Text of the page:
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Things People in Customer Service are Thinking But Will Never Say

As a college student, I’ve worked my fair share of customer service jobs. From retail to food service, every single one of these jobs had one thing in common: truly terrible customers. Unfortunately, a customer service job is oftentimes the only option for college students. In the hopes that this will make people more aware of how they’re treating others, here are some things your cashier, host, barista, or server are thinking but will never say to your face:


Sure I’ll get the manager, but they’re just going to tell you the same thing I just did.

If I, the customer service worker, have just explained a company or store policy to you and your first line of defense is to demand to speak to the manager, chances are they’re going to repeat what I’ve already said. I’m glad we got to share this experience, Carol.


Your attitude is above my pay grade. BRB.

Along the same lines, on occasion, we will voluntarily fetch our supervisor for you because (shocking) most of what goes on at our place of employment is out of our control. I don’t get paid enough to deal with you. 

If yelling at me will bring you some sort of cathartic relief, go for it. I’ve heard worse.

Nearly everyone who’s worked in food or retail has been screamed at by a customer, most likely more than once. And after a point, it really can’t get any worse. I hope making the sixteen year old working the drive thru at Wendy’s cry was worth it, Brenda.

You are so lucky I’m not the type of person to mess with your food.

The majority of people working in the food industry will never meddle with your food. However, there are a select few that aren’t above doing so. Hmm, treating all food workers like the dirt under your feet is a risky move, isn’t it? 

HAHAHA Oh the classic “It-didn’t-scan-it-must-be-free!” That’s a real knee-slapper!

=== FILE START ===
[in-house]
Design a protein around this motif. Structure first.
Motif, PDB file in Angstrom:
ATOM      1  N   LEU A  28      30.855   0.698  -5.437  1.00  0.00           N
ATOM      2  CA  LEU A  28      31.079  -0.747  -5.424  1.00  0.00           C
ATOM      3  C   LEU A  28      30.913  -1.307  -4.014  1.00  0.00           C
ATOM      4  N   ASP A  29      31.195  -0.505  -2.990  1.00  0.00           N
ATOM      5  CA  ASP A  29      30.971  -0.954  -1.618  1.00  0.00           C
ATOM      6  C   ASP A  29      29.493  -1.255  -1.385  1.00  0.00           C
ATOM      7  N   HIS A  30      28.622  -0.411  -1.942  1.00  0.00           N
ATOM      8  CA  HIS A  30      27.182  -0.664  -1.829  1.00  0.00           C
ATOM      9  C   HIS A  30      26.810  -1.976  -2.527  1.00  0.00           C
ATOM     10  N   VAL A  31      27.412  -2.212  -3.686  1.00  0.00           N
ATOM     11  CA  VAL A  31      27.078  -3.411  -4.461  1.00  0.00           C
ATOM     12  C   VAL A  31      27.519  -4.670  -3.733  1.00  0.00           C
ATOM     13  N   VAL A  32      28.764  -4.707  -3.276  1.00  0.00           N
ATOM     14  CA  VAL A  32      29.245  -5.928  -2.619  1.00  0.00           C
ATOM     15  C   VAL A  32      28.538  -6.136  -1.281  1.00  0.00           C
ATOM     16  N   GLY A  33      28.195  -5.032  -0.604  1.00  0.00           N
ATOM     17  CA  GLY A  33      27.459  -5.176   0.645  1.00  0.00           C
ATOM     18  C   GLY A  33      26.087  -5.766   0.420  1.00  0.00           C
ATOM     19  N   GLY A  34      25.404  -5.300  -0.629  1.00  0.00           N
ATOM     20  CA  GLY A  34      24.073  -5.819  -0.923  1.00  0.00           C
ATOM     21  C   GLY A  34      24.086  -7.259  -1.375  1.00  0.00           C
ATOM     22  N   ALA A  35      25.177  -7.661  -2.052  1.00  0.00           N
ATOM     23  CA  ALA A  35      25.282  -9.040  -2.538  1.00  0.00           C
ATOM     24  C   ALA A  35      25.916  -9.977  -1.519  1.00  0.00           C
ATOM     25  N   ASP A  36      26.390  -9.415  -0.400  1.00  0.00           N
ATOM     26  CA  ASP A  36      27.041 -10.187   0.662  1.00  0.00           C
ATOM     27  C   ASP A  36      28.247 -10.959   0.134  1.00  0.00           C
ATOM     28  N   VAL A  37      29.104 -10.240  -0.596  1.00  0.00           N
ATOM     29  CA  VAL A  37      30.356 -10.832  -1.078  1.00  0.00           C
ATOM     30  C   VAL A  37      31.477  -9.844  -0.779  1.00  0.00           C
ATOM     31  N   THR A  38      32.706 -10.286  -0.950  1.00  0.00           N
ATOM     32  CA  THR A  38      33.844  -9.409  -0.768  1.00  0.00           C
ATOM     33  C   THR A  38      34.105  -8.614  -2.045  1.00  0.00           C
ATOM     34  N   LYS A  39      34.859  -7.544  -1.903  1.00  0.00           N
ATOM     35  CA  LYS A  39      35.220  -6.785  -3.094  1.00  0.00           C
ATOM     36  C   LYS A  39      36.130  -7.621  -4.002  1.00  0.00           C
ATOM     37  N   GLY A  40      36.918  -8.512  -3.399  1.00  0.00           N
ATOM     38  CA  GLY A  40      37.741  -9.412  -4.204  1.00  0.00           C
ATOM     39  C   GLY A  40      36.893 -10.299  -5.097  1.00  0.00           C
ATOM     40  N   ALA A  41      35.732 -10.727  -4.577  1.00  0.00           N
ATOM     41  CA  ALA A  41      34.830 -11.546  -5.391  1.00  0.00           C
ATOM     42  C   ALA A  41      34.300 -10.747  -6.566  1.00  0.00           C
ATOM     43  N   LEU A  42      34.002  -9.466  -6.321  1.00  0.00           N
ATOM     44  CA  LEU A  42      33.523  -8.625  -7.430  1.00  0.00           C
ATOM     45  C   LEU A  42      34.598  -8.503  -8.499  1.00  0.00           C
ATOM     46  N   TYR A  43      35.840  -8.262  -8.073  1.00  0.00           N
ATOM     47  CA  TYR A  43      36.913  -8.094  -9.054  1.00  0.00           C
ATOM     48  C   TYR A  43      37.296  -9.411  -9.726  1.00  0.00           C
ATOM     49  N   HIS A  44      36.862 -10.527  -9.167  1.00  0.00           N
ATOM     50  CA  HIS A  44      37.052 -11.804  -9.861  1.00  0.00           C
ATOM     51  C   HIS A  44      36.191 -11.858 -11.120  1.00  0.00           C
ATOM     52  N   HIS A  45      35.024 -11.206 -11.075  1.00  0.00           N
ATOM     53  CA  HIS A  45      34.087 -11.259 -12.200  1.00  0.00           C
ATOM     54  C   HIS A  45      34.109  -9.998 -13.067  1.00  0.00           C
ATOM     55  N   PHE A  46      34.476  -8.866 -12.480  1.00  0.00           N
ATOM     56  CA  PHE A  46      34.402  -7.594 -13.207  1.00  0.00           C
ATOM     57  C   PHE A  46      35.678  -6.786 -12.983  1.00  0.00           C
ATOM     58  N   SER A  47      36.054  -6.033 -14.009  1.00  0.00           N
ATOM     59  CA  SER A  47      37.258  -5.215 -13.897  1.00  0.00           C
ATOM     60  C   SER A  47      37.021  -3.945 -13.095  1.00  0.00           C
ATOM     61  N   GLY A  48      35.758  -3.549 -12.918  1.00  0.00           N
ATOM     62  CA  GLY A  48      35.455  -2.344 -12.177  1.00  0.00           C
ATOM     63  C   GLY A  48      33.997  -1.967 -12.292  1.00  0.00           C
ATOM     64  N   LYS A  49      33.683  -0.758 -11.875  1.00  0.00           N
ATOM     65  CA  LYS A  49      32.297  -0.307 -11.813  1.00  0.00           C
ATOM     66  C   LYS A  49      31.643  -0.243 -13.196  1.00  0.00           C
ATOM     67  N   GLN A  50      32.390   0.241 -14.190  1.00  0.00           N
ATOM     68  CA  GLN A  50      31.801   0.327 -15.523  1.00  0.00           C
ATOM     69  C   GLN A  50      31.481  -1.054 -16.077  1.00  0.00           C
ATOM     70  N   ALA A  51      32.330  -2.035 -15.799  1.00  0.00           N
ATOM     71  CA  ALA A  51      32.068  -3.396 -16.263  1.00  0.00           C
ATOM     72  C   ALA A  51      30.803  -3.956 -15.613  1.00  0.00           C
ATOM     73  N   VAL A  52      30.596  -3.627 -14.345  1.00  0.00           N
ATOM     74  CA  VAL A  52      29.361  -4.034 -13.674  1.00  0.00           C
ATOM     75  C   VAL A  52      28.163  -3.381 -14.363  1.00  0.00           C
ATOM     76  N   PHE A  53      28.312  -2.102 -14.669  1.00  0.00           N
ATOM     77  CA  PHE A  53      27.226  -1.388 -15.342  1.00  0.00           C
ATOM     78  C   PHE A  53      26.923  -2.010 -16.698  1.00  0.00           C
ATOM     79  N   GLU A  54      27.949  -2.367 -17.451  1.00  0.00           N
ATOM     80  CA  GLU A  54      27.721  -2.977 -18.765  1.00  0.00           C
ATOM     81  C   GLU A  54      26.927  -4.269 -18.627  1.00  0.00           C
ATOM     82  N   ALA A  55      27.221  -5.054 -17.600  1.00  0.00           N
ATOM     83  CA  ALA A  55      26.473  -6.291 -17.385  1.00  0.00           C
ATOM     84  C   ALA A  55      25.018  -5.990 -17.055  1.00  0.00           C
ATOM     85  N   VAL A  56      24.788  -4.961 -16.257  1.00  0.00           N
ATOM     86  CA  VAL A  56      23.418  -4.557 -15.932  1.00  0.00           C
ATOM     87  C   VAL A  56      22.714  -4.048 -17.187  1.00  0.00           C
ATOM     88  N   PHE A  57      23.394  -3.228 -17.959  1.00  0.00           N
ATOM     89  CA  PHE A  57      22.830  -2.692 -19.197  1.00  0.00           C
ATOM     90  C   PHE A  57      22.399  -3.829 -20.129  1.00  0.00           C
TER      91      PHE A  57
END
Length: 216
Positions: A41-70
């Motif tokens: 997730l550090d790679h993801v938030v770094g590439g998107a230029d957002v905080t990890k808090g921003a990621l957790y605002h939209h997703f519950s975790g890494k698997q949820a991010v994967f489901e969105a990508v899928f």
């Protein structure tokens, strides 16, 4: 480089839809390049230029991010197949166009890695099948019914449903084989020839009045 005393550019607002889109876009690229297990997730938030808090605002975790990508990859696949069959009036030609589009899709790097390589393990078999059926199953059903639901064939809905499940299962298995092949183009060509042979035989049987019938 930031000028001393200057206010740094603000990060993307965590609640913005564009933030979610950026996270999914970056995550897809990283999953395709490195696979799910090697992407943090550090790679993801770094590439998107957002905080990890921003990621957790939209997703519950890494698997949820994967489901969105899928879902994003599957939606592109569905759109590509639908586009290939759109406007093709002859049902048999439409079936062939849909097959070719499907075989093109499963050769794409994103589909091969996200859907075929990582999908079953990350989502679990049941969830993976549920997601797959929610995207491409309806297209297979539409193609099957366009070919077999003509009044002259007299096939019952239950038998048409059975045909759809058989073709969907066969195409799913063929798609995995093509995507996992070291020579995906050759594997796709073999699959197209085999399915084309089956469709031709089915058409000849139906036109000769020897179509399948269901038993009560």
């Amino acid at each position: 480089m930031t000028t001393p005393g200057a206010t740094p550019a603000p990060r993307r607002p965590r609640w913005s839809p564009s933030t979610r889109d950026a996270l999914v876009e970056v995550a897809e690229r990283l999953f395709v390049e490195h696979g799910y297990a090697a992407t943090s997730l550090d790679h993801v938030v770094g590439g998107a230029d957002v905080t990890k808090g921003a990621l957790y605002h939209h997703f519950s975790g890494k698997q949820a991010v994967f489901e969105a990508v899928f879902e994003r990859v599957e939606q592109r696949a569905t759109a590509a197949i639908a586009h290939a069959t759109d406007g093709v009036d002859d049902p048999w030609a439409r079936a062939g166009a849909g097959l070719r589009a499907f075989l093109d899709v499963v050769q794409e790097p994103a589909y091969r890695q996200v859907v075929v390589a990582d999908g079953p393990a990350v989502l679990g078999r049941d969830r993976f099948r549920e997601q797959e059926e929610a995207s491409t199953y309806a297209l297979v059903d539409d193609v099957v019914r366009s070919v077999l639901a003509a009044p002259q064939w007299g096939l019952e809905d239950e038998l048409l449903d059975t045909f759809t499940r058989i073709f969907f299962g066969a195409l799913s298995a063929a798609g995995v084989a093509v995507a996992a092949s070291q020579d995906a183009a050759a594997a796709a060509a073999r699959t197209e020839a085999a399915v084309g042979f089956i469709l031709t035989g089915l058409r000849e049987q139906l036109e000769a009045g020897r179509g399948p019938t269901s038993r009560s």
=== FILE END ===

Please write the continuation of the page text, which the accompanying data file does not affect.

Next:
If I had a dollar for every time I heard this super duper original joke, I wouldn’t be standing here with a pasted on smile forcing out a chuckle to you, Janet.

I literally can’t believe I have to explain this to a grown ass adult but… here we go.

Some questions are very legitimate. But if you ask me the difference between a hot Americano and an iced Americano and expect me to keep the sarcasm out of my voice, you are SOL there. 

Wow, thank you so much for treating me like an inferior being because of my job. Feels great.

Apparently, in your eyes, this uniform and name tag are actually labeling me as “Lesser Than” and “Happy to Be Walked On” because there’s no way you would say these kind of things to a “real person.” There’s no need to point out that I look “tropical” and “when did I immigrate here?” There’s no need to loudly state your opinion that I “look pregnant.” There’s. No. Need. 

Ooh, so humble of you to brag about how great of a tipper you are only to leave me $0.00 after I politely decline your advances.

As flattered as I am that my wage is conditional on my decision to throw myself at you, kindly f*ck off. Tips are not optional. Tips are the majority of servers’ income. And contrary to your wacked out point of view, service workers are not there for your viewing pleasure. 


If you’ve ever worked a customer service job, I’m sure you can relate to some of these awful customers. If you are one of these awful customers, take this as an official intervention and use it as an opportunity to grow into a person with a shred of humanity. Thank you for coming to my Ted Talk.


Some story contribution by:

Liliana Dinwoodey

Kilee Thomas

Laura Fishburn


Image Sources

1, 2, 3, 4, 5, 6, 7, 8


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